Group-think is a phenomenon that has existed for centuries. Throughout history there are numerous examples of bad decisions made due to its presence. By definition, group-think is a condition where a cohesive group of people lack individual creativity or the ability to take on a sense of personal responsibility (dictionary.com). 1
The term "group-think" was first used in 1972 by Yale psychologist Irving L. Janis. Since then its presence has been oft-studied and carefully evaluated. And for good reason. When an organization is afflicted with group-think, this can be a slippery slope with serious negative consequences if not addressed.
How Does Group-Think Occur?
The group-think phenomenon typically happens when individuals work closely together for long periods of time. Over the course time of working together, the members of the group can start to develop similar manners in rationalization and thinking, creating a situation that is comprised of little diversity of mindset or ideas.
If a group in the workplace appears to exhibit signs of group-think, it is important for leadership to first recognize the signs and then subsequently strive towards reducing these negative effects so they do not end up plaguing the organization and result in considerable problems.
Problems Associated With Group-Think
If a division of people become affected by group-think, unfortunate results that tend to occur include:
- Poor choices being made, often repeatedly
- People may put aside their own personal feelings, creating uniformity in opinion
- A display of complacency emerges
- Lack of innovation is shown by the group's members
- Avoiding speaking up due to fear of causing divergences
- Over-confidence - since earlier decisions may have had good outcomes, the assumption is often all decisions will be smart ones
Any of these characteristics can be red flags for any organization because they can directly affect how the organization operates and impact decisions made. Both of which can impact the organization's future or trickle down and affect people external to the organization.
[Related reading: A Look at the Problems and Dangers of Group-Think ]
There are a number of ways leadership can try to curb a situation of group-think. Solutions to sweep away this type of stagnant thinking can one or more of the following approaches.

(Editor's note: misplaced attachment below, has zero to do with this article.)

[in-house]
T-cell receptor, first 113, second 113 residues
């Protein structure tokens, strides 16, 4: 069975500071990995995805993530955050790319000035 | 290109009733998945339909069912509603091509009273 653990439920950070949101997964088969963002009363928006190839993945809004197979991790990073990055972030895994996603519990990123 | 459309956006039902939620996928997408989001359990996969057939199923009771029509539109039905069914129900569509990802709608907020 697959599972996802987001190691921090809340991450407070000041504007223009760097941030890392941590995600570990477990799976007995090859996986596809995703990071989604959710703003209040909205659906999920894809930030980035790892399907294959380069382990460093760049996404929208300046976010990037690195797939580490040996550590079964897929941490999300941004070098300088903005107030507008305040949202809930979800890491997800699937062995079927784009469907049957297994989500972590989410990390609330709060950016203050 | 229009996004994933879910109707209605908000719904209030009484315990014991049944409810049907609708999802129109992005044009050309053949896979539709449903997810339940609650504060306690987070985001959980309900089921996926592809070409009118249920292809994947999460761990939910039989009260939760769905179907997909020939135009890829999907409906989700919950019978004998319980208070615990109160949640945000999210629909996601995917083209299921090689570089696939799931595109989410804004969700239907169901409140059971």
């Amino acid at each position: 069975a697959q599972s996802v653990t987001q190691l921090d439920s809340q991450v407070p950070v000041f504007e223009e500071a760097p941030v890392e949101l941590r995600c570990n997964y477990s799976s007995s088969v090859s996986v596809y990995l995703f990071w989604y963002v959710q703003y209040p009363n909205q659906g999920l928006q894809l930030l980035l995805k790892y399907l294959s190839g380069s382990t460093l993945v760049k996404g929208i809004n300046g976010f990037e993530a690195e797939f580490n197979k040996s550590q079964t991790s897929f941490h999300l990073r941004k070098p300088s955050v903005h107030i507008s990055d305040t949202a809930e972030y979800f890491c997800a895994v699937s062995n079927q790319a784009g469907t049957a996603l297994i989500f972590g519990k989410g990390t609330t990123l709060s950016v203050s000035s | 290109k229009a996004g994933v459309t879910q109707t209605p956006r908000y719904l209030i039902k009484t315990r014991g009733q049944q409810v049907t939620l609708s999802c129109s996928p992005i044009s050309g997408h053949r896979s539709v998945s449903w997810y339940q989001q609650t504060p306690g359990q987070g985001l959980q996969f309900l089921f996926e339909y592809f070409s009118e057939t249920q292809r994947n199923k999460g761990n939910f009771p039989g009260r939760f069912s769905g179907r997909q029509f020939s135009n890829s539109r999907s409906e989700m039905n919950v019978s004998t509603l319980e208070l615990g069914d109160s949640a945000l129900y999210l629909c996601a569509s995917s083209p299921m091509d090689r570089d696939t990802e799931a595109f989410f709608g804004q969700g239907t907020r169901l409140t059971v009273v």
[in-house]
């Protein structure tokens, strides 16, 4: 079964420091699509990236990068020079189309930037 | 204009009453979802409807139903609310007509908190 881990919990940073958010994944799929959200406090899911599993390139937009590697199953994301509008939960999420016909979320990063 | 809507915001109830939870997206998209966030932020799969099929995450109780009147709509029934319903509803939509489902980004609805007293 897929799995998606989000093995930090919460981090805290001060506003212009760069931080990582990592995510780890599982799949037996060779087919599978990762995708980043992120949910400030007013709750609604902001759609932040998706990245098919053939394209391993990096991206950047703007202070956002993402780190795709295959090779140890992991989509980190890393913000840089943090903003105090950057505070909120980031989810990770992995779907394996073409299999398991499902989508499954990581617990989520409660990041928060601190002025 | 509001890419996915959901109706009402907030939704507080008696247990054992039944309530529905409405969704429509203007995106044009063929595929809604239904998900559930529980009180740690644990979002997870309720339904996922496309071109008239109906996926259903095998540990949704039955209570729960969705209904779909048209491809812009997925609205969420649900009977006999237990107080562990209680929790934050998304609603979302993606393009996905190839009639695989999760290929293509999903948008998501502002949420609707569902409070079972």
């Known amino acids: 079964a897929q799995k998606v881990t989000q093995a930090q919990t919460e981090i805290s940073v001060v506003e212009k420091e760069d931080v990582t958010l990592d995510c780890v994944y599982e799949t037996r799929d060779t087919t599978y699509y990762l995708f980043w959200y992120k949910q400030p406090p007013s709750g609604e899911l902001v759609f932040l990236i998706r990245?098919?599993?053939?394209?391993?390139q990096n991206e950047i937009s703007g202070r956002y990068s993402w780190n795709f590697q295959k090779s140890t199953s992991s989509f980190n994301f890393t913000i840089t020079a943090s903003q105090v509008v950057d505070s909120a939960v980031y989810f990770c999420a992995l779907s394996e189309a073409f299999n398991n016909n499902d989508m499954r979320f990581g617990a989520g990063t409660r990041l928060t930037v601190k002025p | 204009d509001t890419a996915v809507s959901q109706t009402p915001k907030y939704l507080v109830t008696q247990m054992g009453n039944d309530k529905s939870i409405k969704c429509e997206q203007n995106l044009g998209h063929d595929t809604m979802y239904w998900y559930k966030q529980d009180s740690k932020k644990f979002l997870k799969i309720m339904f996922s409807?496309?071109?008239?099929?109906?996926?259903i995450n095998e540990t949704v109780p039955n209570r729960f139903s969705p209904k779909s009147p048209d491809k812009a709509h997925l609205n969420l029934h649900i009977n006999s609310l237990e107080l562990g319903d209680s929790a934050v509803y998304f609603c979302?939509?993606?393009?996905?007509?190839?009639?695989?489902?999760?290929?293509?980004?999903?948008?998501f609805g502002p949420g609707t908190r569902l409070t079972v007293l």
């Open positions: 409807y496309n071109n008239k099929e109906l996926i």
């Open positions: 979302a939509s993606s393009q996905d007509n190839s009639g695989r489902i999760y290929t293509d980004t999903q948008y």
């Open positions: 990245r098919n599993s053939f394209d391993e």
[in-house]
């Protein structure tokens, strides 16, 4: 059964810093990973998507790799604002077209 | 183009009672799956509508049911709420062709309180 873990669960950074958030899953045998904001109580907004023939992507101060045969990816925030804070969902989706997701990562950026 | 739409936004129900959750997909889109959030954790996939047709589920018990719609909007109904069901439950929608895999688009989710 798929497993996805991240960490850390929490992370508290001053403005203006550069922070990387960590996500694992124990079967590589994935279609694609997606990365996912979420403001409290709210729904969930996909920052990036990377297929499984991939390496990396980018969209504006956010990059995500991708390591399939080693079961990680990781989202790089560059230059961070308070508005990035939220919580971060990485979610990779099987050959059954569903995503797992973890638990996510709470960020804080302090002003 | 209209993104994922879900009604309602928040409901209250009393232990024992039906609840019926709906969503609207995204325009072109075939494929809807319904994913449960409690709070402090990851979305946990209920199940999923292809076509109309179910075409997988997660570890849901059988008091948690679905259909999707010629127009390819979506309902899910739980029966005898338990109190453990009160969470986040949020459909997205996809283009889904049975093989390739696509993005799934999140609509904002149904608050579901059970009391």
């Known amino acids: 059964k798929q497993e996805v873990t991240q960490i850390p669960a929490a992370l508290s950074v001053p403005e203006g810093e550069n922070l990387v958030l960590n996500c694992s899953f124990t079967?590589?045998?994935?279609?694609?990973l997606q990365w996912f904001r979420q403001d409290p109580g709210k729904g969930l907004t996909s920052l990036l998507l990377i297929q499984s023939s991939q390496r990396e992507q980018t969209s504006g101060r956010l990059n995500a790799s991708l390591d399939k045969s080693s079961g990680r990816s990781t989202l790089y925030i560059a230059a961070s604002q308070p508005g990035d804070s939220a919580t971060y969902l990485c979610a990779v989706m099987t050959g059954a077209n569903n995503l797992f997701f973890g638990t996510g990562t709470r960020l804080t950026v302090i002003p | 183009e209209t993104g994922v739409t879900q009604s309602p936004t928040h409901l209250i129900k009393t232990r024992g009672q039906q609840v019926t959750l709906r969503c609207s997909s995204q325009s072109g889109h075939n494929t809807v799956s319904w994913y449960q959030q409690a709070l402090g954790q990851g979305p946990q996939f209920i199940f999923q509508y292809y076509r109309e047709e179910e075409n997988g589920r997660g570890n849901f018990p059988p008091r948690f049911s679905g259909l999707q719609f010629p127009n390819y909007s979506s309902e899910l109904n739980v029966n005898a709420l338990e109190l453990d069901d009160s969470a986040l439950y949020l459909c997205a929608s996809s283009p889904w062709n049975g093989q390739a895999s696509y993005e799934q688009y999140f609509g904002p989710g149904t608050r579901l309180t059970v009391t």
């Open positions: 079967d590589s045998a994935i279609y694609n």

Appointing a Devil's Advocate
One option is to appoint a person to play devil's advocate and intentionally bring up alternate ideas, consequential scenarios and interpose other comments with direct intention to spur reactions and see different perceptions or options. This gets the group thinking about a wider group of options beyond the preconceived “best” ways to do things which, in actuality, may not be a good way to go. The person chosen for the job should be articulate and knowledgeable so he or she can question any assumptions or plans that are brought up by the afflicted group. 2
A devil's advocate can help jump-start new discussions and create new dialogue within the afflicted group.
Selecting a Leader
Selecting a leader to try to keep an impartial focus on the issues being discussed is another way to reduce the negative effects that tend to arise when group-think is present. Since one of the symptoms of group-think is a tendency to see things in the same way for long periods of time, a leader who can add alternative focuses in the discussion when things creep into falling into old habits, can prompt new kinds of interactions to widen the scope of the group's thinking.
Encourage Critical Thinking
Critical and unbiased thinking is an important attribute to grow if the group-think tendencies are going to be eliminated or, at the very least, reduced. Leadership should continuously encourage team members to think critically and remain unbiased as they think about their comments, suggestions and solutions. It is often recommended leaders keep their own opinions to themselves (at least initially) and let the members of the group first express themselves.
Promote Free Expression
Leadership can also help eliminate group-think by promoting an environment that welcomes people to express any doubts they may have and to feel free to express any divergence they may be considering during discussions. One of the classic signs of group-think are an unwillingness to express any difference of opinion and, by encouraging free and open expression, this can help mitigate a team’s tendencies to fall back into group-think.
Getting Help from Outside
In any kind of group setting or brainstorming session, an outside person can be selected to challenge the group with a goal to try and interject new ideas or different approaches. This person can be selected through being appointing from another division or by hiring a completely external individual who has no bias or predetermined opinions.
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Set Up Independent Groups to Evaluate
Sometimes an individual can be selected to challenge the group, however, setting up an independent evaluation group is another possibility leadership can consider as a solution route. This group can challenge and/or point out the problems observed that are leading to the poor decision-making that is occurring in an afflicted group.
Group-think is a condition that can be difficult to break, especially if the group has long-held the classic signs and behaviors of group-think. While there are bound to be hurdles to cross and challenges to overcome, it is not impossible to reduce the negative effects of group-think in the workplace. By using all or any combination of different strategies, those in leadership positions can do something about the problem and, as a result, create a clearer, more refined and diverse way of thinking in the workplace.
In some cases uniformity can be more efficient and create a "well-oiled" workplace, however, too much uniformity is often problemsome. There is a lot to be said for the value of diversity.